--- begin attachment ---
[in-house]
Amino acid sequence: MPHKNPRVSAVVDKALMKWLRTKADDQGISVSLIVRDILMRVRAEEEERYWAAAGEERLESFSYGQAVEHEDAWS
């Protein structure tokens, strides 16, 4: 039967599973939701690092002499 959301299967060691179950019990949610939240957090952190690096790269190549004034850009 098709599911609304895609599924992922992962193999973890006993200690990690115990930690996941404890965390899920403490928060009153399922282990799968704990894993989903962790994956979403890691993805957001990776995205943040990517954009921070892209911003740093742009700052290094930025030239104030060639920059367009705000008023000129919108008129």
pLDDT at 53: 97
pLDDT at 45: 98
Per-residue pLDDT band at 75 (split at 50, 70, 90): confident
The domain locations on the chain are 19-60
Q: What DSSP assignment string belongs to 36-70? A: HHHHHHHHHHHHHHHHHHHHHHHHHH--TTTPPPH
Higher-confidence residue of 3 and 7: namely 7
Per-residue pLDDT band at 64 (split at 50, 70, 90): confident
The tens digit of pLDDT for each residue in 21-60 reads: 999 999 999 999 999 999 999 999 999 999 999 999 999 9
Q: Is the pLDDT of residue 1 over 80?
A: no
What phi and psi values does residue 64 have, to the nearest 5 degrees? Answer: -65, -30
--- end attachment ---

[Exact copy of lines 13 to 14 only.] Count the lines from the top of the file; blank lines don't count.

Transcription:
A: no
What phi and psi values does residue 64 have, to the nearest 5 degrees? Answer: -65, -30